‘I had never written a poem before and had no intention of entering the competition…’

Trinity Gardener Jonathan Strauss was not alone in being unexpectedly inspired by the Gormley sculpture. He submitted a poem to the competition for Trinity staff and students to write or photograph their response to FREE OBJECT, the first work of modern art on Trinity’s Backs.

Sir Antony Gormley’s massive iron sculpture was installed as part of the 700th anniversary of the College’s early foundations and officially launched in early February 2018.

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Jonathan said: ‘One day while working near FREE OBJECT, conversations I’d had a few months back with Fellows, Porters and the members of the public about the ‘monstrosity on the Backs’ came back to me in the form of lines of poetry.’ In ‘Overhead conversation between a Fellow and a Gardener,’ Jonathan writes:

The monster I speak is not of that kind

Not of the claw or the tooth

But the mind

It’s standing out there, at least 12 feet tall

Not moving an inch, just watching us all


Other members of staff and students were watching and reflecting on the five-metre, 11 tonne sculpture by renowned artist and Trinity alumnus, Antony Gormley. At the official launch, the artist presented prizes to the winners of the competition.

‘But we thought, why stop there?’ said judge and Trinity Fellow, Dr Emma Widdis. ‘There were so many interesting pieces of writing and unusual photographs that deserve a wider audience.’

The submissions reveal often changing perspectives on FREE OBJECT, the creative juices the sculpture squeezed from staff and students, the resonances with study and work, and the unexpected consequences of really thinking and looking at the work.

Elisabet Lajara, a member of Trinity’s Bar staff, attracted the attention of Porters and passersby as she composed her photograph with selected books stacked on the lower reaches of FREE OBJECT.

‘Some people asked me if I was an artist and while talking to them, arranging the shot and taking the picture, I realised I was really enjoying myself – this is what I used to and would like to continue doing.’

Elisabet Lajara
Elisabet Lajara’s entry
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Parwana Fayyaz’s entry

Postgraduate student and Library staff member, Parwana Fayyaz, said that early one morning her view of the sculpture suddenly changed.

For the first time, I felt the presence of the sculpture. It stood tall, dark, and absorbed in its surroundings and in vertical opposition to the horizontally flowing River Cam. There were footprints on the sidewalk next to the river. The bridge was the dividing line. Yet this FREE OBJECT stood alone, tall and strong – facing everywhere.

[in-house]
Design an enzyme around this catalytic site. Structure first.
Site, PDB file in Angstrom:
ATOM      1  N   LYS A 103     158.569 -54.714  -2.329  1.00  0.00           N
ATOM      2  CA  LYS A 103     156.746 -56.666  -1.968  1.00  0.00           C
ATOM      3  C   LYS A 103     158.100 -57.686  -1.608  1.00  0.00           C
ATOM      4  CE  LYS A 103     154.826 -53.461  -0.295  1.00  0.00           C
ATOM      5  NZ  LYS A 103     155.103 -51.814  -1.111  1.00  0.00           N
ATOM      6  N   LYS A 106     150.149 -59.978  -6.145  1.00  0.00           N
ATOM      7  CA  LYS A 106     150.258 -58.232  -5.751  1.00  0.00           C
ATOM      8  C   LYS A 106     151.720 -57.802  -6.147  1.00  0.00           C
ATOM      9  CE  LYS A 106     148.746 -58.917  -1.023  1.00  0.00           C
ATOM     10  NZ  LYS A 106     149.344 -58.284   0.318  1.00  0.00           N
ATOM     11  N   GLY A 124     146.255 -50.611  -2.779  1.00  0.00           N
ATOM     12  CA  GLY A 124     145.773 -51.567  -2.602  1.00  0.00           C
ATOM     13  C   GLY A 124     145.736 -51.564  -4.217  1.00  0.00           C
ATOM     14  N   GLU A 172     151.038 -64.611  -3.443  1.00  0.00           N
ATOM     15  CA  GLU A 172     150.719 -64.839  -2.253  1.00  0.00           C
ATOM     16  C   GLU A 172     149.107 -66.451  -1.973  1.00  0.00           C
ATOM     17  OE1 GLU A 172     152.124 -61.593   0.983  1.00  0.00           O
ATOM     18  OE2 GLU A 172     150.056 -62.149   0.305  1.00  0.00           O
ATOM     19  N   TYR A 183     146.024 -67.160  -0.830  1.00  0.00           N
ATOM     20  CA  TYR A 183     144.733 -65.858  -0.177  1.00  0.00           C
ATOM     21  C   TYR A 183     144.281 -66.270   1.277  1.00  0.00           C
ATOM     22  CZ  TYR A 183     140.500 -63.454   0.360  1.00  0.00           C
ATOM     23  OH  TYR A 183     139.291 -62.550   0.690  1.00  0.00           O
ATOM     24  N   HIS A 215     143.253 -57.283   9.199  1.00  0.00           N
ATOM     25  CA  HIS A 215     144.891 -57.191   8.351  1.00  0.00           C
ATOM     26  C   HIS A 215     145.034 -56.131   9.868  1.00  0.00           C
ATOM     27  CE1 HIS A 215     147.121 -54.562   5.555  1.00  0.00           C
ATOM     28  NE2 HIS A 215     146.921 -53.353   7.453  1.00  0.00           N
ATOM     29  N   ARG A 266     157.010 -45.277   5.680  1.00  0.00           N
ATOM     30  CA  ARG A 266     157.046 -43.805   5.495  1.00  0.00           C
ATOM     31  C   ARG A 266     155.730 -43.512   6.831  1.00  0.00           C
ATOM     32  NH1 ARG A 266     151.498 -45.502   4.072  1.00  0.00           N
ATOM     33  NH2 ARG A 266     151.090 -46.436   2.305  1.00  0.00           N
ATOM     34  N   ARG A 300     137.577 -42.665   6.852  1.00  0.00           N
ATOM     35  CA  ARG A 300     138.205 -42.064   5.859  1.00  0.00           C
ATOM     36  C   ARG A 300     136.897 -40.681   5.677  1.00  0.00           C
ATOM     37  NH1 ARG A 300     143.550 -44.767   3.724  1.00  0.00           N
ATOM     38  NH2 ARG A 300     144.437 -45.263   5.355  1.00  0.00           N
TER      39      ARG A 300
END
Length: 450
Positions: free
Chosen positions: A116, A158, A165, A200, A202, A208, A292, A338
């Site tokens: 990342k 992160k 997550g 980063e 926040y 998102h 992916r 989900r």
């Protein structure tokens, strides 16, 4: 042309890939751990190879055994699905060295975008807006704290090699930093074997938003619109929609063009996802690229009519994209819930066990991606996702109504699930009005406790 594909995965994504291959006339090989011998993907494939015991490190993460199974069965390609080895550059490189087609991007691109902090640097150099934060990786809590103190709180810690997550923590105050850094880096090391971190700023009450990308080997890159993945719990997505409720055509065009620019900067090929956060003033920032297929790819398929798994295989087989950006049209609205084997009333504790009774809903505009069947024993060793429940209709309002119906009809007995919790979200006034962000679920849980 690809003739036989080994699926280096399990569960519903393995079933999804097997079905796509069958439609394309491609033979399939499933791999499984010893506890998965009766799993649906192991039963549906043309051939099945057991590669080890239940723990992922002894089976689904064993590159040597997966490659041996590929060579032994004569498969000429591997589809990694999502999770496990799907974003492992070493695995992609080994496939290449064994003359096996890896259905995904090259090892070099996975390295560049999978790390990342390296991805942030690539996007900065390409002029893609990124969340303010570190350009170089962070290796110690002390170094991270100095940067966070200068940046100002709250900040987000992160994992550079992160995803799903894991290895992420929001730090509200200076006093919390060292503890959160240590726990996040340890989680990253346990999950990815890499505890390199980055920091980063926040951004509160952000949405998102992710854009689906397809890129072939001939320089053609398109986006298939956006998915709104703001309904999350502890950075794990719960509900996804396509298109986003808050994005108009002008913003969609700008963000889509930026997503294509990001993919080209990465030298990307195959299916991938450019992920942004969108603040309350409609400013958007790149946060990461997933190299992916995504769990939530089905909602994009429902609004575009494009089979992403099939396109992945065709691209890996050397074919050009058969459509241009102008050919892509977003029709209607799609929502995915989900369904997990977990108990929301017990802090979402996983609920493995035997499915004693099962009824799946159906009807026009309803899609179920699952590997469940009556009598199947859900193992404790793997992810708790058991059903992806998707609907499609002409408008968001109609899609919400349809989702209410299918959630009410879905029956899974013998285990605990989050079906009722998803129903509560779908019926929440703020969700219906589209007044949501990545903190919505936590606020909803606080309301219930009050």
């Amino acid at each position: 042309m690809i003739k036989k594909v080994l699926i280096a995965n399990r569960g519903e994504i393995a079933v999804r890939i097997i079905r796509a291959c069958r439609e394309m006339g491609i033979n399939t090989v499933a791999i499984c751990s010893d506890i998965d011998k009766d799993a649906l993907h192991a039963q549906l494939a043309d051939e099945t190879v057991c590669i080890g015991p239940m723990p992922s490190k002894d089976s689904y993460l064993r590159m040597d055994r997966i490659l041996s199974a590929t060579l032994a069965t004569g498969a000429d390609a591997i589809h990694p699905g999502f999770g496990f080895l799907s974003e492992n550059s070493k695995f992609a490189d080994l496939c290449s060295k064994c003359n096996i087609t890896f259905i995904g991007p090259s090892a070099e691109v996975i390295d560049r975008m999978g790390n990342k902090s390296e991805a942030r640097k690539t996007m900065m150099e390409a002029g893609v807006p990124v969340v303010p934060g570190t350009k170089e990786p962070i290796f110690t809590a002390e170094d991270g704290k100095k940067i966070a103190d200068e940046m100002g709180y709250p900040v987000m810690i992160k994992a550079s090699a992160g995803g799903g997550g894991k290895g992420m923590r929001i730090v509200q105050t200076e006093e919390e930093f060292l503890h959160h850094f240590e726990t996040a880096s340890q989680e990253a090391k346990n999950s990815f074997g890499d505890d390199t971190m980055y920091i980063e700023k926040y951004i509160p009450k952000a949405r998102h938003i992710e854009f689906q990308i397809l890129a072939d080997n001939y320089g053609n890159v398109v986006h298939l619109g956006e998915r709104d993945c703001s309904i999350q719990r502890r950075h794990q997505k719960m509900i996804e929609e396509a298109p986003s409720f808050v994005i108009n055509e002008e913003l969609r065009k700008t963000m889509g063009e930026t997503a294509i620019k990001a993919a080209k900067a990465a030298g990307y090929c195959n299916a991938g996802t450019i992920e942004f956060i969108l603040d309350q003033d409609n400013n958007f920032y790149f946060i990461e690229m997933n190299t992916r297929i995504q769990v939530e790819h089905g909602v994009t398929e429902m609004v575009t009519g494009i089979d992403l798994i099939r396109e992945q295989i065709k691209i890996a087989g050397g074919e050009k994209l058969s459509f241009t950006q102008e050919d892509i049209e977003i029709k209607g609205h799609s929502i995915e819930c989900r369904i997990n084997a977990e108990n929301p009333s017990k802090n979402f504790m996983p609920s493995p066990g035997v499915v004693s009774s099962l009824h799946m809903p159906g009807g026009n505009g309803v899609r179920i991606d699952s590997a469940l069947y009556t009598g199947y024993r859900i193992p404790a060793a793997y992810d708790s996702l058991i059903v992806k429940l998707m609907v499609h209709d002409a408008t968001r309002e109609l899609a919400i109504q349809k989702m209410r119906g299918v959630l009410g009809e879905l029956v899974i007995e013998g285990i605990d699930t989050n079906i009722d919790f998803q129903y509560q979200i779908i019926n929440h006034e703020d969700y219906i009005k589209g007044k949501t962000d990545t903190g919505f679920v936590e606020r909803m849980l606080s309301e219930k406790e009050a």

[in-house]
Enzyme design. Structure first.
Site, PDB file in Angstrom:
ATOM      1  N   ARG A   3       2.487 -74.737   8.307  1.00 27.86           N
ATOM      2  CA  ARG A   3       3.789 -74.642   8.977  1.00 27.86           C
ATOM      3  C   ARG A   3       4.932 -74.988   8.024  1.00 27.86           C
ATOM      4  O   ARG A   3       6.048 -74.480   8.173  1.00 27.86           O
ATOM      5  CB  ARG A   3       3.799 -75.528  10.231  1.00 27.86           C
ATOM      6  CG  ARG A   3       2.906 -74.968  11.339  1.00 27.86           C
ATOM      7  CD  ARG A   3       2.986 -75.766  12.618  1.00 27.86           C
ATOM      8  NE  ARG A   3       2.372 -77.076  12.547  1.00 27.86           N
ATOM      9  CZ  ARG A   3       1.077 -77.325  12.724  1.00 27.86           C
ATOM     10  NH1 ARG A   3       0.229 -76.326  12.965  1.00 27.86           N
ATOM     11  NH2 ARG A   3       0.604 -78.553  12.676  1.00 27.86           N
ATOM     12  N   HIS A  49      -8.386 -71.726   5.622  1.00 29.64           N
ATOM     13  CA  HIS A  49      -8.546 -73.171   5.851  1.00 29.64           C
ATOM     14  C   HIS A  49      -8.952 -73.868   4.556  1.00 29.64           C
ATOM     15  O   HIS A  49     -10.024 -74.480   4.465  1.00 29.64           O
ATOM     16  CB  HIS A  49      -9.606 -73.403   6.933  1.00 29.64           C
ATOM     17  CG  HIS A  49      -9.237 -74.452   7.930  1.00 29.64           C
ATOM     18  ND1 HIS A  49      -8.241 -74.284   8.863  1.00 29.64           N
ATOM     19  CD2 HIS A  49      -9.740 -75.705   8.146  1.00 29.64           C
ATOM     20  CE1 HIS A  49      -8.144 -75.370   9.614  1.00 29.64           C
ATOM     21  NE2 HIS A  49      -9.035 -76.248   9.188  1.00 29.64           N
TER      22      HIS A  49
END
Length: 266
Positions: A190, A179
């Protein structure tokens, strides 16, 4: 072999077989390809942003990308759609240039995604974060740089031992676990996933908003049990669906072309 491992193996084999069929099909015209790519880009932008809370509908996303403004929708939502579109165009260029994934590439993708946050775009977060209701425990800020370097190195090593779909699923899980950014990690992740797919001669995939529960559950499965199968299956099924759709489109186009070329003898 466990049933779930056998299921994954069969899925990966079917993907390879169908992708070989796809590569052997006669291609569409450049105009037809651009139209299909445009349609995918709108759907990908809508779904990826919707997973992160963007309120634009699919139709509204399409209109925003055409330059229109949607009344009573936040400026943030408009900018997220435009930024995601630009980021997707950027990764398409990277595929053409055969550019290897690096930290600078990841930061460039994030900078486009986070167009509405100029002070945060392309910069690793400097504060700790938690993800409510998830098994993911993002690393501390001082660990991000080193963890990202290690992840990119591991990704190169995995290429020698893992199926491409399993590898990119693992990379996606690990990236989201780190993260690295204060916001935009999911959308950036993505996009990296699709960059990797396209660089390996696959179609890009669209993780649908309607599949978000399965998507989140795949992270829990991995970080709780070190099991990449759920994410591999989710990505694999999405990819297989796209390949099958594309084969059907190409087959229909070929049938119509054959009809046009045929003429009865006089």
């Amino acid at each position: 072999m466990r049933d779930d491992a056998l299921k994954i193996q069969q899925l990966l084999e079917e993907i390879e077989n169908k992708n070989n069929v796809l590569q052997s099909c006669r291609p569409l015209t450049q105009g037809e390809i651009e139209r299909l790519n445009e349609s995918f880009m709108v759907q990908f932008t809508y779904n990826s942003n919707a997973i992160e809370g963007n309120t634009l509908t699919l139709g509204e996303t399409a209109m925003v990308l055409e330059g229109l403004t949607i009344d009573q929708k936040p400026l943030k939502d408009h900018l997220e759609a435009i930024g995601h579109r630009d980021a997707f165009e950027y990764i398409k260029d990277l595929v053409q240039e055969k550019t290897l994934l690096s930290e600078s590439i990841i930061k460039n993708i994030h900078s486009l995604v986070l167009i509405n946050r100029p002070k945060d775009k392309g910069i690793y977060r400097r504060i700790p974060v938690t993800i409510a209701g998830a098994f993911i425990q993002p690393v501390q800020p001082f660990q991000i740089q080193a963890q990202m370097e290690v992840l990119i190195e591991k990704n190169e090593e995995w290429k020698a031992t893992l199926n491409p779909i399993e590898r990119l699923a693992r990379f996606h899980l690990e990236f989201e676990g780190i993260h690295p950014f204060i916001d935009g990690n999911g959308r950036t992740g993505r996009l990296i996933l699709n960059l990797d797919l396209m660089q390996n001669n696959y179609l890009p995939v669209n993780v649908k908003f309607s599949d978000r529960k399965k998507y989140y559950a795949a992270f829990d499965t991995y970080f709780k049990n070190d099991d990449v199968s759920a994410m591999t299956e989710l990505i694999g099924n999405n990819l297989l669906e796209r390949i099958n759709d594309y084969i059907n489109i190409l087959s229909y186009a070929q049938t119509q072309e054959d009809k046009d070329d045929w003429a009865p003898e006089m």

Library Assistant, Kevin McGeoghegan, admires Gormley’s work but admits he wasn’t immediately drawn to FREE OBJECT. The process of thinking and writing about the sculpture at Trinity changed his view. ‘It was then that I began to empathise. I had only viewed Antony’s work from afar previously and at the time of writing my appreciation I misunderstood the materials and construction techniques, only discovering these points after making my submission,’ he said.

Third-year student, Jack Eastwood, found resonances between his studies in how cultural and ethnic identities are expressed in material culture and the Gormley sculpture, particularly in the current political climate in Europe. He said:

I was struck how the sculpture was both one object and many objects. It captured for me the complex relationship between the individual and society and the often harmful categorisation of the ‘other’ by those who perceive, in this case, the stack of cubes as monstrous.

Jack took part in the competition, submitting a poem, in part to show his support for initiative. ‘It is such a great asset to the College and I wanted to show my support because I am aware it has taken a great amount of persuasion to get it here.’

For Jonathan, the creative flow was its own reward. ‘To be honest, it’s nice (not to mention rare) to be part of a workplace that can inspire that,’ he said.

Jon Strauss 2
Jonathan Strauss’ entry

And something else entirely unexpected emerged from Jonathan’s verse. Tom Froggatt, musician and son of Trinity gardener, Lee Froggatt, created a song. Jonathan said: ‘It’s amazing how the act of creativity spurs on others. Tom used my poetry as lyrics and began creating his own song. I have heard the first draft and am completely blown away by it. I can’t wait to see what he comes up with!’

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